Jules Verne

Civilized wasteland: Can clean energy save the planet from sci-fi cliche?

An old man skirts the wreckage of civilization avoiding packs of feral dogs and even more feral sub-humans as he hunts for a hint of salvation.

Most preserved food has long since been picked clean and anything overtly useful taken by those who came before. But something may be waiting over the next hill or valley. His life and the lives of his fellow villagers -- who were too afraid to join his quest -- depend on his success.

The narrative is basically the gist of a book I just plowed through. It's the latest in a series of end-of-world novels I've burned through in the past year and a half. Cormac McCarthy's "The Road," a haunting tale of pointless survival of a man and his son in a world without hope, got me started. I saw it on the "Read This" shelf at the Clovis, Calif. library and read it in six hours.

Blew me away.

End of the world

Since then I've read two series by S.M. Stirling that deconstruct the world in different ways. The first, "Island in the Sea of Time," transports the entire island of Nantucket thousands of years into the past. A follow-up, "The Change" series, unravels society by unceremoniously causing all electrical, combustion and modern mechanical devices to stop working. The result is death and massive destruction by mobs of hungry people.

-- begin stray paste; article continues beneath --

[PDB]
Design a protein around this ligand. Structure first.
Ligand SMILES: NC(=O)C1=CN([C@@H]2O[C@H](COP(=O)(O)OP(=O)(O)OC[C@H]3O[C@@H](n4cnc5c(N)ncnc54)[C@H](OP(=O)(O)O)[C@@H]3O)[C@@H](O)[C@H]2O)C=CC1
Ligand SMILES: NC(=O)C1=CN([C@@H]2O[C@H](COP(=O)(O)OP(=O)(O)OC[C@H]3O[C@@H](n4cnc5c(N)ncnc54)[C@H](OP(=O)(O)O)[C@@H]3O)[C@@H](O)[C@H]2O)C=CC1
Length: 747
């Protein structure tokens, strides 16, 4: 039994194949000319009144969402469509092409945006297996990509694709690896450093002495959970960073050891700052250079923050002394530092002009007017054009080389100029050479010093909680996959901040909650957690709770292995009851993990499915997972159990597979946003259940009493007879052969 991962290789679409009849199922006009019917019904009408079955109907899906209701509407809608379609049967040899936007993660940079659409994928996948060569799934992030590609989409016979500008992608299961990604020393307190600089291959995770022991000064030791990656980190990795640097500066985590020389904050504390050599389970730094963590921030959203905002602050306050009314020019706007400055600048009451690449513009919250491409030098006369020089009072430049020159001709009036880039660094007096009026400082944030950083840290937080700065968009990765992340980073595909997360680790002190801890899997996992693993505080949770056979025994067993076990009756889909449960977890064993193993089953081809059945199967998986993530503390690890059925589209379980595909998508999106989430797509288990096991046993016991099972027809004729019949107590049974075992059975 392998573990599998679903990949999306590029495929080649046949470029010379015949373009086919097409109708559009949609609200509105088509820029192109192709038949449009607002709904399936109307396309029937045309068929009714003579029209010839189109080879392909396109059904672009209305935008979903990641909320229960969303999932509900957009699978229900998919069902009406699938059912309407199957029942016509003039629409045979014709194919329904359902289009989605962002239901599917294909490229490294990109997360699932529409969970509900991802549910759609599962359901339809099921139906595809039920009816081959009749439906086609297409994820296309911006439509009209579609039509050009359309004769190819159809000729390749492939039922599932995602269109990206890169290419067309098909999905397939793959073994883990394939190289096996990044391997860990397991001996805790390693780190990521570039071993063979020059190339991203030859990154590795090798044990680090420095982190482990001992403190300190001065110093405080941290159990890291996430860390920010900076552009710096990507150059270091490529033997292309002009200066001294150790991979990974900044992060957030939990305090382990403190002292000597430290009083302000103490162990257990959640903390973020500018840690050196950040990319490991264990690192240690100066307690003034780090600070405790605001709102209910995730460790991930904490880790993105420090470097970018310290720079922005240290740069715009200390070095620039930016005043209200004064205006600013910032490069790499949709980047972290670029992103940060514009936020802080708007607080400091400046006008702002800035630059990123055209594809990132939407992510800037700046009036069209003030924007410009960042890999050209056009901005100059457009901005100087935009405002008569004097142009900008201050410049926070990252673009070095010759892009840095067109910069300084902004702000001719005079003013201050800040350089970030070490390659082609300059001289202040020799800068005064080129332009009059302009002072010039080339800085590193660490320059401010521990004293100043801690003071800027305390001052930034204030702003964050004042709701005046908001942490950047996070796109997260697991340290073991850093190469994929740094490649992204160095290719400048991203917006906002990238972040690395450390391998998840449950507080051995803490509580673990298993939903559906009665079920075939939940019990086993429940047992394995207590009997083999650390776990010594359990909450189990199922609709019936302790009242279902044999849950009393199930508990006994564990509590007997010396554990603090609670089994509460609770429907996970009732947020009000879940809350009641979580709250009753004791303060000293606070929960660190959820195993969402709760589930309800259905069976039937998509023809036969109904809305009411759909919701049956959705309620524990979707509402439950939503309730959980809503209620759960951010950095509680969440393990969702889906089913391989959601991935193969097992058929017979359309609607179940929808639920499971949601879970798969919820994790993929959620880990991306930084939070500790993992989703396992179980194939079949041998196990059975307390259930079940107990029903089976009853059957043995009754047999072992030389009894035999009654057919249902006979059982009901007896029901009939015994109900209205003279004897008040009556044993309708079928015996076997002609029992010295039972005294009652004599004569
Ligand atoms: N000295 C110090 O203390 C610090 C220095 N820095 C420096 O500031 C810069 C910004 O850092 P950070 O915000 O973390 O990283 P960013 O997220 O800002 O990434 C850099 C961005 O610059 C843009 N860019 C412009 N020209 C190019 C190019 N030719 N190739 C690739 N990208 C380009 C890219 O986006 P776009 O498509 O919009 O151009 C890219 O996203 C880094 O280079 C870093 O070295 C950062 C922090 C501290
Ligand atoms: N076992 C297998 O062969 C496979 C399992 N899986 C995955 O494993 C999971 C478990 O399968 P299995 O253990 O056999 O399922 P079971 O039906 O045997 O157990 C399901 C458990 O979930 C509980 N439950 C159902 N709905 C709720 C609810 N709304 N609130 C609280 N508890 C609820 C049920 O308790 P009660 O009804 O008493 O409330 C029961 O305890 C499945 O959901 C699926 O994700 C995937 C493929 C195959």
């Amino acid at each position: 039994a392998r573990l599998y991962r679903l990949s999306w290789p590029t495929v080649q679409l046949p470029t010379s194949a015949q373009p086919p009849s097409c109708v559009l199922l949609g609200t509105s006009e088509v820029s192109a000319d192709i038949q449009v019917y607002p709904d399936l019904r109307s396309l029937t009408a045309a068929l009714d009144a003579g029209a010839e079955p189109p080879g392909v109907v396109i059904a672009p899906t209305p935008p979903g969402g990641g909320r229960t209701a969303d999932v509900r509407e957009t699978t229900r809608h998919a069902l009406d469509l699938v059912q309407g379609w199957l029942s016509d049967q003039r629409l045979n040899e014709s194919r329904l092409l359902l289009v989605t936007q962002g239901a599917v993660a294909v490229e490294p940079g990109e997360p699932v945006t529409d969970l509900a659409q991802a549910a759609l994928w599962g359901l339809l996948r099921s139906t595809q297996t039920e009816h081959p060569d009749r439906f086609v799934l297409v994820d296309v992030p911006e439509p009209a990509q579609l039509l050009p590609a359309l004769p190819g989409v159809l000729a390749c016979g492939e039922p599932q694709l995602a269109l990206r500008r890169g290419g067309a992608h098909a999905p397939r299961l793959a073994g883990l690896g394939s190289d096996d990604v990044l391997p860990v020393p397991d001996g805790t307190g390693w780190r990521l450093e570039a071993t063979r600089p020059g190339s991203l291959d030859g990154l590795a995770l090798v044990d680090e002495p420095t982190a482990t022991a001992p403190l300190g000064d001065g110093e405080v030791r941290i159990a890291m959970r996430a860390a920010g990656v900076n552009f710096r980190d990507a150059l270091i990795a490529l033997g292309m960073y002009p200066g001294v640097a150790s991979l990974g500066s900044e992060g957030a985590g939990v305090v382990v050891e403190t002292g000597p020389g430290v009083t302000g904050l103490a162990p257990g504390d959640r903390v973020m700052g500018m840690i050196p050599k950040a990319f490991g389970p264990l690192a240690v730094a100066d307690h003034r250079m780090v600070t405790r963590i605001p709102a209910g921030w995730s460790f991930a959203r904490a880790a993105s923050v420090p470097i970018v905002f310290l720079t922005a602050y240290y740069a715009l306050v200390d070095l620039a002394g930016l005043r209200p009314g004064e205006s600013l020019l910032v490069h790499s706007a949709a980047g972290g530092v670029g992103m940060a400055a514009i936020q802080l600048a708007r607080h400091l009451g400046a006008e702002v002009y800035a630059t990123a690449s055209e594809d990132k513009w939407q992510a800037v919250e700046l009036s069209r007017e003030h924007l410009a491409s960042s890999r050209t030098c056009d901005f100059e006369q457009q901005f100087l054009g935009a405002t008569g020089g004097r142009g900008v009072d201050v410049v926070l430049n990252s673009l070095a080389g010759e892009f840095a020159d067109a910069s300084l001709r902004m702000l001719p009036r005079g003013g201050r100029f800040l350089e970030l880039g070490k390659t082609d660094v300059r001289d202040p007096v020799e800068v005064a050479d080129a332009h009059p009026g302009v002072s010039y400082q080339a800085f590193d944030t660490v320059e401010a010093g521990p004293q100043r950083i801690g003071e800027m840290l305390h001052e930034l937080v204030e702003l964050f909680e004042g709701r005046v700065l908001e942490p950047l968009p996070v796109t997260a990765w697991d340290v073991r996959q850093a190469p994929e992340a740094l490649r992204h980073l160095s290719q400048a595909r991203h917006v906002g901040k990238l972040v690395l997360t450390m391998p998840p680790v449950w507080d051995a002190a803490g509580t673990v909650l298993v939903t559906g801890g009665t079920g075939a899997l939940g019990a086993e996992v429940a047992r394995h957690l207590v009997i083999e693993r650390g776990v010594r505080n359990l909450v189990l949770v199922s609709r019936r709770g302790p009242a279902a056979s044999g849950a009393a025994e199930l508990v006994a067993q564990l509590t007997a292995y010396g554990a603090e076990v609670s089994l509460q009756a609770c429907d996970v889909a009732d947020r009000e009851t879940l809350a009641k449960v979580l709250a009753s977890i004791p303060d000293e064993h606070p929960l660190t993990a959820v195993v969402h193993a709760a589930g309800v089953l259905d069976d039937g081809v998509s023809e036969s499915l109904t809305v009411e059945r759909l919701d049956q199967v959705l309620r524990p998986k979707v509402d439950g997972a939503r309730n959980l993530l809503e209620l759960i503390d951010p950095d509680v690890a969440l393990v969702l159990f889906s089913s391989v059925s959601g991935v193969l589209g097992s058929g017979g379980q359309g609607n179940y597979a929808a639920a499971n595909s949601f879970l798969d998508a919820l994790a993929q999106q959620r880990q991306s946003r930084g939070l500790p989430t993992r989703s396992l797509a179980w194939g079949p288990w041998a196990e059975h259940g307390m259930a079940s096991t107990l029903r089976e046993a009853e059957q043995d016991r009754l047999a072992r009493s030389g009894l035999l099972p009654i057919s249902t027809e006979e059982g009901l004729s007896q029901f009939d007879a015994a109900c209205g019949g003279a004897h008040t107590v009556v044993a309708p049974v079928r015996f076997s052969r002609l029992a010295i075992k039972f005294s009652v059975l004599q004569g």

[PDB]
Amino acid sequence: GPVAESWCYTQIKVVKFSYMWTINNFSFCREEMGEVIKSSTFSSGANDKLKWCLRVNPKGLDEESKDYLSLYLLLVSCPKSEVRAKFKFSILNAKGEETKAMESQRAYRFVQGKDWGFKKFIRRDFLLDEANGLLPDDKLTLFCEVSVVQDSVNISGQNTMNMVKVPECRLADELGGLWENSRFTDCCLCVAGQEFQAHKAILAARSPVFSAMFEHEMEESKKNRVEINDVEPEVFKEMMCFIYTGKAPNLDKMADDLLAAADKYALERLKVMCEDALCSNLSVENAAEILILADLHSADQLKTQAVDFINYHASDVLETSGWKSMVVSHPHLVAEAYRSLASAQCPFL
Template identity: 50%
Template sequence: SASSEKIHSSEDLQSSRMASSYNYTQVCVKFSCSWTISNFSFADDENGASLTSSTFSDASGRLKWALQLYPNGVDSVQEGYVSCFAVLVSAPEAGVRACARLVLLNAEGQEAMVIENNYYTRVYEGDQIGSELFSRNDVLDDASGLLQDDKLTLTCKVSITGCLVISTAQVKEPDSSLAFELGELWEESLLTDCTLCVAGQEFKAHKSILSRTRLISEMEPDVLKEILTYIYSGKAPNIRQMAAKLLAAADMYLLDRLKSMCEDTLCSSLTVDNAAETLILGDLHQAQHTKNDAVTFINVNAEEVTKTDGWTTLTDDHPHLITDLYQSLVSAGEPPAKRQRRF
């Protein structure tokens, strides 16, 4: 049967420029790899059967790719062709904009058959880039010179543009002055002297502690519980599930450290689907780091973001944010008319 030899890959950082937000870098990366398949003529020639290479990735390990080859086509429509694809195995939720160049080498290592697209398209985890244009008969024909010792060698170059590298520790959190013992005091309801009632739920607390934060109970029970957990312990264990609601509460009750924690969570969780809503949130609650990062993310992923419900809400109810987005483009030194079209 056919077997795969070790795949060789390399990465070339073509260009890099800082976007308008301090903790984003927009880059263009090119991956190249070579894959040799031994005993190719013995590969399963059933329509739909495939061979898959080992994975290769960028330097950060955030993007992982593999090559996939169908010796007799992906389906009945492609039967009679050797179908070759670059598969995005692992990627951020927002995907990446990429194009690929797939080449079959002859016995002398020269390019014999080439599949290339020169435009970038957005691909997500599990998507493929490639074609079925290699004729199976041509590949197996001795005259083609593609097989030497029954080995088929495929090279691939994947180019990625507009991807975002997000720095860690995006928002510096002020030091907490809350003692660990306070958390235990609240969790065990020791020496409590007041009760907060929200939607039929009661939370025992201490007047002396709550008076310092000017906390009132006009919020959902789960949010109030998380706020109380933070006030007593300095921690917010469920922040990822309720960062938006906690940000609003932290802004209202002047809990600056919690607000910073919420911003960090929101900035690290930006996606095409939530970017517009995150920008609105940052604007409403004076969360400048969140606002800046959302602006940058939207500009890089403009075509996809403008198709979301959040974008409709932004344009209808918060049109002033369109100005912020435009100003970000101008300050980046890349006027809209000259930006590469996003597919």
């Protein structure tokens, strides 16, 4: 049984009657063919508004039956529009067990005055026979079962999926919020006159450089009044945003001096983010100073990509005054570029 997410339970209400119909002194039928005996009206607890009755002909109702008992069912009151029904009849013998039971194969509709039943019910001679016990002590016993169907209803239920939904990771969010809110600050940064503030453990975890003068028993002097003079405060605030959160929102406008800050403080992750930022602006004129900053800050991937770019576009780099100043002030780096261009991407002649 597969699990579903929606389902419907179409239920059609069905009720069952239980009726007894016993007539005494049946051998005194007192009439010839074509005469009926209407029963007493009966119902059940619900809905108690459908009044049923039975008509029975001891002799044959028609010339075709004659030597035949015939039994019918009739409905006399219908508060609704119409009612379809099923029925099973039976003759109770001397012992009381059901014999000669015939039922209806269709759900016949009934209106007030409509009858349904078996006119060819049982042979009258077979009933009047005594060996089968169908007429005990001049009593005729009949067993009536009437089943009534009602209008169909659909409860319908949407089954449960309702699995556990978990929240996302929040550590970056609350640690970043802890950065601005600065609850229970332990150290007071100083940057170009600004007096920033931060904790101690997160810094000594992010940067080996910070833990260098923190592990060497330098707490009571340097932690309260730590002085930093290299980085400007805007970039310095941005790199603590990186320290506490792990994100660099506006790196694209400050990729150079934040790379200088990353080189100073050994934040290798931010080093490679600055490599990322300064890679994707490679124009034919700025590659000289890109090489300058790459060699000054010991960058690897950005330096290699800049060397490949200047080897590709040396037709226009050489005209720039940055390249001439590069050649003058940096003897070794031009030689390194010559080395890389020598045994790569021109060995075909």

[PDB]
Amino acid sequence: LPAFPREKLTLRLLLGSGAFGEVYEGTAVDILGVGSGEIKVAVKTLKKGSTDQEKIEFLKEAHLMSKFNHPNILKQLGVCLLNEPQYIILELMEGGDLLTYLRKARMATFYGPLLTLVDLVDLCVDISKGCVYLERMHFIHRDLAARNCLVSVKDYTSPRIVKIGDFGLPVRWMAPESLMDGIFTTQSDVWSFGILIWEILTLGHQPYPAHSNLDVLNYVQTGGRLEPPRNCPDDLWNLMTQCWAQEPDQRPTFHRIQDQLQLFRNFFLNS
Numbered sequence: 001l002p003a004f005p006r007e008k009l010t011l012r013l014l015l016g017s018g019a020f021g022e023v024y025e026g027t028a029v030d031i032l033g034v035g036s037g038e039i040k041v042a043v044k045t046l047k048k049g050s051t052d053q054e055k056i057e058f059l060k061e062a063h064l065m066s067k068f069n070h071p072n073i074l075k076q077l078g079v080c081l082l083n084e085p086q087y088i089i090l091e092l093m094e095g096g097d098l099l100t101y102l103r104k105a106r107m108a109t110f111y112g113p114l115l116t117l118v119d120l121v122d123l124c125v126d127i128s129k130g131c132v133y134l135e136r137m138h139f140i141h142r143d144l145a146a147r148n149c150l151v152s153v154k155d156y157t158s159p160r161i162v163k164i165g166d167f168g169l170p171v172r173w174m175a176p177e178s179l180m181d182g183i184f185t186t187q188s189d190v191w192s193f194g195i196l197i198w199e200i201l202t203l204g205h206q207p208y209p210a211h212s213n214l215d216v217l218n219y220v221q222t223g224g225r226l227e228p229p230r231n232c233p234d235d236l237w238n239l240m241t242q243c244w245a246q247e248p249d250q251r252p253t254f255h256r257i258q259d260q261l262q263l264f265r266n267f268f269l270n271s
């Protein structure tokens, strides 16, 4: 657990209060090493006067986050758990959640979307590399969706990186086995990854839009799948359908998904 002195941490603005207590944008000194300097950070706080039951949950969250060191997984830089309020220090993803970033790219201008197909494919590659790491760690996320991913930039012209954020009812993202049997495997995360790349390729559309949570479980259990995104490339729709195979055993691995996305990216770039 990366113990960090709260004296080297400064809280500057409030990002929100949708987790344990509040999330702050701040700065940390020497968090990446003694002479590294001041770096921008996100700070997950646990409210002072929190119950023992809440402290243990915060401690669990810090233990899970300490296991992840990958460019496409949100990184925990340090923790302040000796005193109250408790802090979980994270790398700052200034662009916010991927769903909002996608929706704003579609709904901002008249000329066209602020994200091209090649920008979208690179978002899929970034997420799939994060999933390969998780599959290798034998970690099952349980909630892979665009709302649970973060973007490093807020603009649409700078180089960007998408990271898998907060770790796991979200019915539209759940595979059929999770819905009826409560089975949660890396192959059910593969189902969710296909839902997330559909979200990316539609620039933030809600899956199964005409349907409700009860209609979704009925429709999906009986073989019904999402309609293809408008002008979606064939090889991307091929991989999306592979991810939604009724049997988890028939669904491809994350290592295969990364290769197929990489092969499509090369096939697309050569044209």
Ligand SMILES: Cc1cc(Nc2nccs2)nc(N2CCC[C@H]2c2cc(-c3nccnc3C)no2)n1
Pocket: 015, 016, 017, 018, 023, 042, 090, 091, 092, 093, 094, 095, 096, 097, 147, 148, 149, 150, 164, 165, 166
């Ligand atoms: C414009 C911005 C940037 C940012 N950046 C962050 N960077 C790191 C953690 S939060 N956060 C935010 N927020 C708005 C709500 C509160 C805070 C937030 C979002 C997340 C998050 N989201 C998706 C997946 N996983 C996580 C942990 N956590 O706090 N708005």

Just to mix it up, I read Jules Verne's "Mysterious Island," which tosses five men from a balloon on a remote Pacific Island and serves as a sequel to "20,000 Leagues Under Sea." That enticed me to finally tackle "Robinson Crusoe." Both have world-ending elements but create characters who thrive on the challenge of recreating society.

The latest to absorb my full attention is Nick Cole's "Old Man and the Wasteland." Think of it as the follow to McCarthy's ode to destruction. Depressing definitely but Old Man has a spark of hope. It cost me 99 cents via my Kindle wireless, by the way.

Big gain in 'we're doomed' genre

I had forgotten the title of Old Man, so I searched for it on Amazon using the key words "end of the world." The search turned up way too many hits. Some I'd read long ago. One was a Phillip K. Dick novel (gotta read that one). But many were new.

It's that end-of-days trend that got me thinking. American society has been running at 60, 70, 80 mph for the past century. Faster and better, consume and discard. We're tearing it up. Live hard, die young.

Unfortunately, pollution, climate change, environmental destruction and dwindling sources of cheap burnable fuel have revealed all-too-real and scary limits. We don't need the nuclear winter concept to scare our children, just a couple more decades of rising tides, foul air and super nasty weather to drive home the message.

Now authors and screen writers have picked up the torch. Note the plethora of zombie movies.

Studies show danger ahead

The barrage of news that we could be doomed continues unabated. Providing further support are two studies: the National Oceanic & Atmospheric Administration's Annual Greenhouse Gas Index and the Civil Society Institute's energy economics report.